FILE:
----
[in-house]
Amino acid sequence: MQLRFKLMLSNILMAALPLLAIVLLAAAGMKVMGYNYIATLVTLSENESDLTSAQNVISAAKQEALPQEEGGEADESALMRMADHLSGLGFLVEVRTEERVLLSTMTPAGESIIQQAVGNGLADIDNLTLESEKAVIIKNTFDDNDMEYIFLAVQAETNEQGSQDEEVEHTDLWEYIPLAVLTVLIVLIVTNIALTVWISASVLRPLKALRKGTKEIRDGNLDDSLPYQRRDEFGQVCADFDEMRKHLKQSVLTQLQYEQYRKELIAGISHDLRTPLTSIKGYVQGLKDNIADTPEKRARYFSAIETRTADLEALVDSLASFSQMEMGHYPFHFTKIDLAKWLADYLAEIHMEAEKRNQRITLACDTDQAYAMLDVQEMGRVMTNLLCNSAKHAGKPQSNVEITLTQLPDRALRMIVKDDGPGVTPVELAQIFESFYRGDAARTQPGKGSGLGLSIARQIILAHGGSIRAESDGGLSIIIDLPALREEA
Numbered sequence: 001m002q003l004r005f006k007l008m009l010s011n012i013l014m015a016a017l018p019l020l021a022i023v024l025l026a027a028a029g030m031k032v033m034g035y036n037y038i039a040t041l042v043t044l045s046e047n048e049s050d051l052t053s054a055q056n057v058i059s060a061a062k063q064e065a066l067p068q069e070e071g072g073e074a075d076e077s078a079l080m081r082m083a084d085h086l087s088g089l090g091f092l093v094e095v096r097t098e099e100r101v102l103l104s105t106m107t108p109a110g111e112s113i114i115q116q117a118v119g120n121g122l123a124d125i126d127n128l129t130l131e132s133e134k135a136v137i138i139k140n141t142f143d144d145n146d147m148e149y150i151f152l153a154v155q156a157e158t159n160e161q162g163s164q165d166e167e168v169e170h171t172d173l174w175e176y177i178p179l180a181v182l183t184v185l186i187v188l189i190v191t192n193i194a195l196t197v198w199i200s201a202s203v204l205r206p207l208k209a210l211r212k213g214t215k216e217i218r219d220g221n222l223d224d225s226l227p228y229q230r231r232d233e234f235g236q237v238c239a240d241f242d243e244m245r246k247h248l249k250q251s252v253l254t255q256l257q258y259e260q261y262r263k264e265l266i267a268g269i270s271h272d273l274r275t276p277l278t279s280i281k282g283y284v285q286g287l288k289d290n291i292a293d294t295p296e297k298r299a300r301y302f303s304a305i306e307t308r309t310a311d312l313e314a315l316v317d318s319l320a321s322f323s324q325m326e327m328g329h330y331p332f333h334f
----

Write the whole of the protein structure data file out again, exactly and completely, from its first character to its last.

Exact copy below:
[in-house]
Amino acid sequence: MQLRFKLMLSNILMAALPLLAIVLLAAAGMKVMGYNYIATLVTLSENESDLTSAQNVISAAKQEALPQEEGGEADESALMRMADHLSGLGFLVEVRTEERVLLSTMTPAGESIIQQAVGNGLADIDNLTLESEKAVIIKNTFDDNDMEYIFLAVQAETNEQGSQDEEVEHTDLWEYIPLAVLTVLIVLIVTNIALTVWISASVLRPLKALRKGTKEIRDGNLDDSLPYQRRDEFGQVCADFDEMRKHLKQSVLTQLQYEQYRKELIAGISHDLRTPLTSIKGYVQGLKDNIADTPEKRARYFSAIETRTADLEALVDSLASFSQMEMGHYPFHFTKIDLAKWLADYLAEIHMEAEKRNQRITLACDTDQAYAMLDVQEMGRVMTNLLCNSAKHAGKPQSNVEITLTQLPDRALRMIVKDDGPGVTPVELAQIFESFYRGDAARTQPGKGSGLGLSIARQIILAHGGSIRAESDGGLSIIIDLPALREEA
Numbered sequence: 001m002q003l004r005f006k007l008m009l010s011n012i013l014m015a016a017l018p019l020l021a022i023v024l025l026a027a028a029g030m031k032v033m034g035y036n037y038i039a040t041l042v043t044l045s046e047n048e049s050d051l052t053s054a055q056n057v058i059s060a061a062k063q064e065a066l067p068q069e070e071g072g073e074a075d076e077s078a079l080m081r082m083a084d085h086l087s088g089l090g091f092l093v094e095v096r097t098e099e100r101v102l103l104s105t106m107t108p109a110g111e112s113i114i115q116q117a118v119g120n121g122l123a124d125i126d127n128l129t130l131e132s133e134k135a136v137i138i139k140n141t142f143d144d145n146d147m148e149y150i151f152l153a154v155q156a157e158t159n160e161q162g163s164q165d166e167e168v169e170h171t172d173l174w175e176y177i178p179l180a181v182l183t184v185l186i187v188l189i190v191t192n193i194a195l196t197v198w199i200s201a202s203v204l205r206p207l208k209a210l211r212k213g214t215k216e217i218r219d220g221n222l223d224d225s226l227p228y229q230r231r232d233e234f235g236q237v238c239a240d241f242d243e244m245r246k247h248l249k250q251s252v253l254t255q256l257q258y259e260q261y262r263k264e265l266i267a268g269i270s271h272d273l274r275t276p277l278t279s280i281k282g283y284v285q286g287l288k289d290n291i292a293d294t295p296e297k298r299a300r301y302f303s304a305i306e307t308r309t310a311d312l313e314a315l316v317d318s319l320a321s322f323s324q325m326e327m328g329h330y331p332f333h334f